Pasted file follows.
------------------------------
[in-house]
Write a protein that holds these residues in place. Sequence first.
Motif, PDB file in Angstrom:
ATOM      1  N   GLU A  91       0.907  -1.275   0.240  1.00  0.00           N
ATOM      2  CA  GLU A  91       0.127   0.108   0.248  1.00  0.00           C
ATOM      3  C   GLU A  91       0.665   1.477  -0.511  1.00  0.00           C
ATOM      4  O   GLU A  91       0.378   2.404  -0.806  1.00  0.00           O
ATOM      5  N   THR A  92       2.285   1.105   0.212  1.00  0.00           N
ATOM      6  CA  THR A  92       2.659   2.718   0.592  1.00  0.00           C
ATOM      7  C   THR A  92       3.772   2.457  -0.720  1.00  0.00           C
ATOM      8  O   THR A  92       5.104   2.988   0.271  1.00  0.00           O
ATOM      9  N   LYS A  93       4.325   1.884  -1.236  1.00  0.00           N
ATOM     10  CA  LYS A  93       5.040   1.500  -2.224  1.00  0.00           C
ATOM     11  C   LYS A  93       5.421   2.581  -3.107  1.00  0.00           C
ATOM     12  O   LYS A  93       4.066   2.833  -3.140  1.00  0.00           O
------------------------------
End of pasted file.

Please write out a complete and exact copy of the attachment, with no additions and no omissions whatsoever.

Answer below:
[in-house]
Write a protein that holds these residues in place. Sequence first.
Motif, PDB file in Angstrom:
ATOM      1  N   GLU A  91       0.907  -1.275   0.240  1.00  0.00           N
ATOM      2  CA  GLU A  91       0.127   0.108   0.248  1.00  0.00           C
ATOM      3  C   GLU A  91       0.665   1.477  -0.511  1.00  0.00           C
ATOM      4  O   GLU A  91       0.378   2.404  -0.806  1.00  0.00           O
ATOM      5  N   THR A  92       2.285   1.105   0.212  1.00  0.00           N
ATOM      6  CA  THR A  92       2.659   2.718   0.592  1.00  0.00           C
ATOM      7  C   THR A  92       3.772   2.457  -0.720  1.00  0.00           C
ATOM      8  O   THR A  92       5.104   2.988   0.271  1.00  0.00           O
ATOM      9  N   LYS A  93       4.325   1.884  -1.236  1.00  0.00           N
ATOM     10  CA  LYS A  93       5.040   1.500  -2.224  1.00  0.00           C
ATOM     11  C   LYS A  93       5.421   2.581  -3.107  1.00  0.00           C
ATOM     12  O   LYS A  93       4.066   2.833  -3.140  1.00  0.00           O